Despite years in the spotlight as a professional fuck-up, Love still means a lot to her fans, especially her female admirers, for whom Love (at least at one point) represented the pinnacle of riot grrrl feminism’s penetration into the mainstream.

Unfortunately, Love and her trio of hired guns masquerading as a reunited Hole were unable to re-create the sound and the fury that brought the band to prominence in the ’90s.

Love started with a few lines from “Pretty On The Inside/Clouds” before segueing into a brief version of The Rolling Stones’ “Sympathy For The Devil,” (the first of four covers) then finally settling on new track “Skinny Little Bitch.”

“Miss World” and “Violet” received rapturous applause and sing-alongs. Tunes off the recently released Nobody’s Daughter went over well with the crowd, but the band were unable to elevate them above the plodding versions found on the album. A jazzed-up take on Nine Inch Nails’ “Closer” faired better, as did the always fantastic “Reasons To Be Beautiful.”

The band stuck with the rougher material, tossing in “Plump” and “Asking For It” in place of the more shimmering “Awful” and “Boys On The Radio” that they’ve been playing throughout this current tour.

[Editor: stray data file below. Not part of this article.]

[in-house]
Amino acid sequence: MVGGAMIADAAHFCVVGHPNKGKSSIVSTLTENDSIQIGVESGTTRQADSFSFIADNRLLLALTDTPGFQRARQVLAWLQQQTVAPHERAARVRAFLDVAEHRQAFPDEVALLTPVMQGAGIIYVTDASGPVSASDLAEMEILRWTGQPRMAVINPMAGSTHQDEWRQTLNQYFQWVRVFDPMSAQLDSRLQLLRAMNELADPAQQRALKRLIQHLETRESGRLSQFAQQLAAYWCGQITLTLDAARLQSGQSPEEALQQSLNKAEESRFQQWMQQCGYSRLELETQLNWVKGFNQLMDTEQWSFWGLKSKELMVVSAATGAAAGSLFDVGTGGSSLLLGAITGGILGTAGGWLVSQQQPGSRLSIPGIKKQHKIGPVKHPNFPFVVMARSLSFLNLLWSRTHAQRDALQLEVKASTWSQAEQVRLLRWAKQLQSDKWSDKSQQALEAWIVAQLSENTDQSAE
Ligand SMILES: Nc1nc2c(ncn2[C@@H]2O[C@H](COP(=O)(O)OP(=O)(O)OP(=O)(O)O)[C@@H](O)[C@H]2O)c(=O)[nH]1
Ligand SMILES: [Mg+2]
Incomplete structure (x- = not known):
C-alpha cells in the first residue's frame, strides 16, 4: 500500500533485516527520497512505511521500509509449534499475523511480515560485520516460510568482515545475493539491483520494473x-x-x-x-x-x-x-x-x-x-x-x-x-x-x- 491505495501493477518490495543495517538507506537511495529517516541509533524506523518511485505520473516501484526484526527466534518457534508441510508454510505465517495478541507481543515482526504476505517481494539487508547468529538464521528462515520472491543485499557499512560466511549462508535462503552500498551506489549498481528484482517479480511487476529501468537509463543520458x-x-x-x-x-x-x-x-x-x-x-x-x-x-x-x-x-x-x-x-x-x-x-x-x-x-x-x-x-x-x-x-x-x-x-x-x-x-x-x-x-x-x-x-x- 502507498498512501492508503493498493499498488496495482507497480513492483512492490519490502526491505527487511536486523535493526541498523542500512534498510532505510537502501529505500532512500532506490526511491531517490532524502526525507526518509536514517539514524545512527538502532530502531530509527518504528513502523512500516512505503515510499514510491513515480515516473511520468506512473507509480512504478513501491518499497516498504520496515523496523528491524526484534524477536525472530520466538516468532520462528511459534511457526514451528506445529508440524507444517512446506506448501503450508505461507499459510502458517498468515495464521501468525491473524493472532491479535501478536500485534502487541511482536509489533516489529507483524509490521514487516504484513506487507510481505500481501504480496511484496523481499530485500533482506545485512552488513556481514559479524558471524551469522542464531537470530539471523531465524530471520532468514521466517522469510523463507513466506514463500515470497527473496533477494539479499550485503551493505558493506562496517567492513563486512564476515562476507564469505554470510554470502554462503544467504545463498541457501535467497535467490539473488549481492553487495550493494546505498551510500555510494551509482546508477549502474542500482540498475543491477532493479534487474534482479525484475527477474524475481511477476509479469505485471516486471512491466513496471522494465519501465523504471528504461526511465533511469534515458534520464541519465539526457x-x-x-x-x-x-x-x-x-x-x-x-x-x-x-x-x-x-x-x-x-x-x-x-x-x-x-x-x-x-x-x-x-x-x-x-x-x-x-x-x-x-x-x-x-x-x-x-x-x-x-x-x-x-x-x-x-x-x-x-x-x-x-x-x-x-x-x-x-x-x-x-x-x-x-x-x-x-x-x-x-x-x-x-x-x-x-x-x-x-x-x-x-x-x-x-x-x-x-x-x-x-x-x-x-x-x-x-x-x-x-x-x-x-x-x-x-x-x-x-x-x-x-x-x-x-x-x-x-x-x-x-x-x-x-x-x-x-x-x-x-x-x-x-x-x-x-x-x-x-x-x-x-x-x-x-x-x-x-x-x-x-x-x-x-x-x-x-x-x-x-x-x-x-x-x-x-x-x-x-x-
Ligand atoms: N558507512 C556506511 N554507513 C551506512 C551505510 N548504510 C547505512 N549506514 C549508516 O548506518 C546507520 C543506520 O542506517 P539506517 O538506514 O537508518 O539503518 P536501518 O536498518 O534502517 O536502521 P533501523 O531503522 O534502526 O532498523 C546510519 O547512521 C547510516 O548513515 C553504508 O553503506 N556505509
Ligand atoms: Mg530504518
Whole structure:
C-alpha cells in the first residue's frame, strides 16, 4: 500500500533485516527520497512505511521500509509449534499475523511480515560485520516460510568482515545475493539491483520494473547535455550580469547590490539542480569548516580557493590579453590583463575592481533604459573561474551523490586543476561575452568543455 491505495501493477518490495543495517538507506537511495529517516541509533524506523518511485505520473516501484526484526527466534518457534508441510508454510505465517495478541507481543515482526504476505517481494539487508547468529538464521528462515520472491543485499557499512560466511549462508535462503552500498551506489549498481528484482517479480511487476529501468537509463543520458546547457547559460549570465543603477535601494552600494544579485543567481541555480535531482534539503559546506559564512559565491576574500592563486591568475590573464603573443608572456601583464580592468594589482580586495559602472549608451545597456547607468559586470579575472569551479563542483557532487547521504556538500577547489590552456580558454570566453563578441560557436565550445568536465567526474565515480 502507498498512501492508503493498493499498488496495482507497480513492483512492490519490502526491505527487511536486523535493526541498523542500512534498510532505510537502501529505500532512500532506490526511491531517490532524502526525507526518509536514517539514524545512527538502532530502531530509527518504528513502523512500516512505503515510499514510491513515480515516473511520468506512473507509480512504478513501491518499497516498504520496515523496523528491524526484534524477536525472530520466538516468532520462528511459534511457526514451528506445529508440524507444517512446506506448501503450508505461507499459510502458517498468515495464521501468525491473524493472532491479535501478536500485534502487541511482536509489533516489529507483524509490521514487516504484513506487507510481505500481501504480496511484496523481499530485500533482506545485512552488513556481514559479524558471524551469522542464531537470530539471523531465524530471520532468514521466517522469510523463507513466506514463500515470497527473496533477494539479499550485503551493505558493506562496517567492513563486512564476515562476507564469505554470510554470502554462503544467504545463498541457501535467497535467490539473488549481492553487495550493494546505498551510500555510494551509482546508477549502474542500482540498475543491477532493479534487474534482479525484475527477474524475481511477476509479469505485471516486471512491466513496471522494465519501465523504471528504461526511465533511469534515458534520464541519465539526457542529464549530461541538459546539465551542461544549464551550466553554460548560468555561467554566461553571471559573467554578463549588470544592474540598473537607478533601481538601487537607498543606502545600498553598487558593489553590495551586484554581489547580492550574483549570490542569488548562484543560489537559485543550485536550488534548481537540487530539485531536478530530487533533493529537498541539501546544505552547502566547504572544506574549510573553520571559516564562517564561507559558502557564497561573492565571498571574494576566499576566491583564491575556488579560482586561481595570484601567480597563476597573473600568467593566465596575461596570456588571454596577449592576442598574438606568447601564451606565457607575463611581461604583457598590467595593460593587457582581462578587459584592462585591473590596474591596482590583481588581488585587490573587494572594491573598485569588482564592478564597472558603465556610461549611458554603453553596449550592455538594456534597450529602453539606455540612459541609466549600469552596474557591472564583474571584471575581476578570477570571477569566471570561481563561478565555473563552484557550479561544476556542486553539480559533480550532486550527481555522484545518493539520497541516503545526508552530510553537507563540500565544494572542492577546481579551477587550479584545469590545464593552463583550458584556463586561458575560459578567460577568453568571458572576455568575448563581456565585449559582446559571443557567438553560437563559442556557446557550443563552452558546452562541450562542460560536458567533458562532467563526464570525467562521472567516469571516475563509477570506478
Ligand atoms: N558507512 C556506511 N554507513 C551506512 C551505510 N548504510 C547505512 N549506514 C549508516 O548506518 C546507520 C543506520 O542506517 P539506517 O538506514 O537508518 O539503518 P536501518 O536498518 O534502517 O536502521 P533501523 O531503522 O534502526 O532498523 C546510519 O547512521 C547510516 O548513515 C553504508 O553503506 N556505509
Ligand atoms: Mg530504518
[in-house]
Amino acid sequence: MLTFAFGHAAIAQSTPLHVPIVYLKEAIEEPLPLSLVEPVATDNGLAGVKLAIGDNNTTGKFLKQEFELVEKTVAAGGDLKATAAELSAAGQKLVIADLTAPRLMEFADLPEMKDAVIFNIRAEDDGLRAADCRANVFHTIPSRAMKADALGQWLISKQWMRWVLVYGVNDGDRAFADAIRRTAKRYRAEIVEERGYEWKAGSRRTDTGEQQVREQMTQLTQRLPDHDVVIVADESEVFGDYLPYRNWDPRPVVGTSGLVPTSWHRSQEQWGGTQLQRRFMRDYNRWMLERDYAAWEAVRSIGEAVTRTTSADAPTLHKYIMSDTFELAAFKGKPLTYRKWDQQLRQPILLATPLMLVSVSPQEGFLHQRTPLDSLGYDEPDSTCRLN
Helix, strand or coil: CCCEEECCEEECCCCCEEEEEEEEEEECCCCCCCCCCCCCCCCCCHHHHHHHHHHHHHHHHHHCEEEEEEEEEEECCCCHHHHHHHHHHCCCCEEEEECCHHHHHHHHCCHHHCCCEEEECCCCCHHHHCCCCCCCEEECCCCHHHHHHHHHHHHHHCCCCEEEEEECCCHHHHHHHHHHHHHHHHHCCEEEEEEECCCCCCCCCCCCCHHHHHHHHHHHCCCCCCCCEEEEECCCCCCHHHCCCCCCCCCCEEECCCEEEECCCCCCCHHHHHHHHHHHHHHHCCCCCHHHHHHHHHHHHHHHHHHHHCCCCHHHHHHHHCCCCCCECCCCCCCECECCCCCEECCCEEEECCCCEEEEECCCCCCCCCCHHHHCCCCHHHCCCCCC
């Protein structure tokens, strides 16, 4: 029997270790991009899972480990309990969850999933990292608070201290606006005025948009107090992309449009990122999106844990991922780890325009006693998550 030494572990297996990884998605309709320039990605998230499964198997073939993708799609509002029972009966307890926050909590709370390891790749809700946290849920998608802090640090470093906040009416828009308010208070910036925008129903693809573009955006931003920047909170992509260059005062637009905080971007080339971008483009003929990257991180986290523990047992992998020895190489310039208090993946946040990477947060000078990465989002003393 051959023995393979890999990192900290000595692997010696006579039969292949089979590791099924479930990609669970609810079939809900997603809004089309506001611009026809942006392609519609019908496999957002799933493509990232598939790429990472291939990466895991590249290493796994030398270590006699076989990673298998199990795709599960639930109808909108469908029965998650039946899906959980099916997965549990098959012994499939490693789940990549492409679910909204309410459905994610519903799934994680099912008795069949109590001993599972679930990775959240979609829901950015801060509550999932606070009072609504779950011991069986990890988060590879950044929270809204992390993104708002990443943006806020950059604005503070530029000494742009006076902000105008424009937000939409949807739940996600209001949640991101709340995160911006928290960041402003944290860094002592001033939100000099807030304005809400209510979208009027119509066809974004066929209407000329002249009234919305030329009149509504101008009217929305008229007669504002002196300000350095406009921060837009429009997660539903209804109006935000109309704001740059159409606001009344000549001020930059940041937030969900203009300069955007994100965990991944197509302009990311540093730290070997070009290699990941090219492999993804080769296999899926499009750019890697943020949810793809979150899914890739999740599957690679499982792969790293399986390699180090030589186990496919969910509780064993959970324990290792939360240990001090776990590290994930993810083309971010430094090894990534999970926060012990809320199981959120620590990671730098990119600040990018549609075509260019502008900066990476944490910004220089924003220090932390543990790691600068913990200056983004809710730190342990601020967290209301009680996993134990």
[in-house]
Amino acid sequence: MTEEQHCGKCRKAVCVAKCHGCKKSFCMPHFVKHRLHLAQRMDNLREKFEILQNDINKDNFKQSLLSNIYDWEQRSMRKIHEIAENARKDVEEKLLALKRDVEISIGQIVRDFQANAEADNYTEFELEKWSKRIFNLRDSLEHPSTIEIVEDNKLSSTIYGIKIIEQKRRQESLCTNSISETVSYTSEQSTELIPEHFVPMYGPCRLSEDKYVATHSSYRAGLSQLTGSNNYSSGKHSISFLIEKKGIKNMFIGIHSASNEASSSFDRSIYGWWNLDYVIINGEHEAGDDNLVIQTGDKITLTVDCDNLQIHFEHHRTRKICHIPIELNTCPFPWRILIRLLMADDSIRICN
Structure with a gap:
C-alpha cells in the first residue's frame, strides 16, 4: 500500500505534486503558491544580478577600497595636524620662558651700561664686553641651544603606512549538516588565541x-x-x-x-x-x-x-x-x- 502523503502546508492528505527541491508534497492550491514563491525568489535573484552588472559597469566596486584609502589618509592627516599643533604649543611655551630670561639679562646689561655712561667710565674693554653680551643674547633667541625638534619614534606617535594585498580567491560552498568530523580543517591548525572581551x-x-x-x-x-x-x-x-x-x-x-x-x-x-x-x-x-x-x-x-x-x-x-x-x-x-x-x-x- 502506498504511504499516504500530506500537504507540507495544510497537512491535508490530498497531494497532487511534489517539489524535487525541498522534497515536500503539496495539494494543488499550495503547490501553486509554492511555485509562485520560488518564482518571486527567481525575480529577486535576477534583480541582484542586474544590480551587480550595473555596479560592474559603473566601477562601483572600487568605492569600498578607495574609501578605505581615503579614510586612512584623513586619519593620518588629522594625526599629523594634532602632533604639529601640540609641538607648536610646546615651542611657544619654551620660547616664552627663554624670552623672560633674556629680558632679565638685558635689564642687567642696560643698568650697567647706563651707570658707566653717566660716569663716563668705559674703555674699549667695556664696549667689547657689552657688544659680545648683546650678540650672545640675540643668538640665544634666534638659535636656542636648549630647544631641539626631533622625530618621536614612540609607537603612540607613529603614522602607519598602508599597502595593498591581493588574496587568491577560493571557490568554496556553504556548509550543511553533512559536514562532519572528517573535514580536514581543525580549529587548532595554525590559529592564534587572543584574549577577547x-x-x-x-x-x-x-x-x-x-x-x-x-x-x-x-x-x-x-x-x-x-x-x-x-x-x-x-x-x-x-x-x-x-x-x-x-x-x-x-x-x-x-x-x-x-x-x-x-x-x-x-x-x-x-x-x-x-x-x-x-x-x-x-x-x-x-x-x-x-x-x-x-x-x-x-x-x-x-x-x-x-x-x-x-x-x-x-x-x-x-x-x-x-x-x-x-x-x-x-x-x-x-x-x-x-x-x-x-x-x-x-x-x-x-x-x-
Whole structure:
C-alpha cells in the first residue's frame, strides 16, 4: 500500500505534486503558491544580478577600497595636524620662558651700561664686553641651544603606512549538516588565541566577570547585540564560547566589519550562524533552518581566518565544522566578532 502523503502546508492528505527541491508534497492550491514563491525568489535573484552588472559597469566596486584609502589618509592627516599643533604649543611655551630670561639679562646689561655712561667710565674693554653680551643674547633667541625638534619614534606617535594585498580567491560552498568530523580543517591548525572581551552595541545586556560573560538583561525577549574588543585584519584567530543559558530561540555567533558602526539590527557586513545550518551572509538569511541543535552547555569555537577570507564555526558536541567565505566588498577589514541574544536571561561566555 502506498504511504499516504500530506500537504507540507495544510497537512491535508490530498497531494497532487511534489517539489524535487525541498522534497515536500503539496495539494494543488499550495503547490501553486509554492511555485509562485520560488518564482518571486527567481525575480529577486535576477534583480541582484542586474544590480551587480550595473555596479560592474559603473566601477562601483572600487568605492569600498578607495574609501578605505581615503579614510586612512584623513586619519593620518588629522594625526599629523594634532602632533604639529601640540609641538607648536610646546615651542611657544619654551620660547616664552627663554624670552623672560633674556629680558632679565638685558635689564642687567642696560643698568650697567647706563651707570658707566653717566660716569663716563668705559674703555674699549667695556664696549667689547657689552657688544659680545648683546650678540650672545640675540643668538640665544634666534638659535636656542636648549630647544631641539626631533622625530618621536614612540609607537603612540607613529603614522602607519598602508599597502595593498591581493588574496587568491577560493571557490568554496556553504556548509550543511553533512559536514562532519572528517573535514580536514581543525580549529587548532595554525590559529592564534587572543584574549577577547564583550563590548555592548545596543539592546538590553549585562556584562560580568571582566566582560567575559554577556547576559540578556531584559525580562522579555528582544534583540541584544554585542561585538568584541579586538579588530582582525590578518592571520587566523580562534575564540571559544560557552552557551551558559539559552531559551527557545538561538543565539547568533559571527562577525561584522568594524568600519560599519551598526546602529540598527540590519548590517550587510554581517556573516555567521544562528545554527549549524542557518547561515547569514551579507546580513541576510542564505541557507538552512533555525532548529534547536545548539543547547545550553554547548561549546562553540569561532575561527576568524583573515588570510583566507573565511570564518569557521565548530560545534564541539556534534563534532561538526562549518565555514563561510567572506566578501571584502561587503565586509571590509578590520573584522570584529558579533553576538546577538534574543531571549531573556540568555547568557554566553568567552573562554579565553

Love’s voice was in top form, despite her age (she just turned 46). She also appeared incredibly lucid on stage for someone famous for public meltdowns and tirades.

But that couldn’t hide the fact that the band really seemed to be phoning it in. They lacked both the ferociousness of the Live Through This-era and the technical ambition of Celebrity Skin. Guitarist Micko Larkin and bass-player Shawn Dailey are poor stand-ins for Eric Erlandson and Melissa Auf Der Maur, who, despite being eclipsed by Love, were always strong personalities on stage. This current incarnation, meanwhile, performed Hole’s back catalogue with all the passion of a wedding band.

An all to brief set ended with “Doll Parts” before Hole returned for a four-song encore. The gig ended with Love and Larkin playing a sweet version of Big Star’s “Thirteen” before finishing the night with “Never Go Hungry.”

It was a pretty lackluster evening for a band whose legend has just grown since they last released a record 12 years ago. But that was secondary for all the fans who screamed for more even as the house lights came up; they were just happy to have their hero back.

Live Review: Love Is All, Crystal Stilts @ The Horseshoe

c43fb7344303b5a8e07713d27ee3Gothic bluesmen, Brooklyn hipsters and no-wave Swedes make strange bedfellows, so maybe it shouldn’t have come as a surprise that a pair of ball-cap wearing ass-hats found it necessary to harass a group of girls while taking swings at the bouncers during Thursday night’s show at the Horseshoe Tavern. Not that the crowd noticed the half-dozen police officers snaking through the bar though — they were too busy grooving to Gothenburg group Love Is All’s screeching sax lines in the back.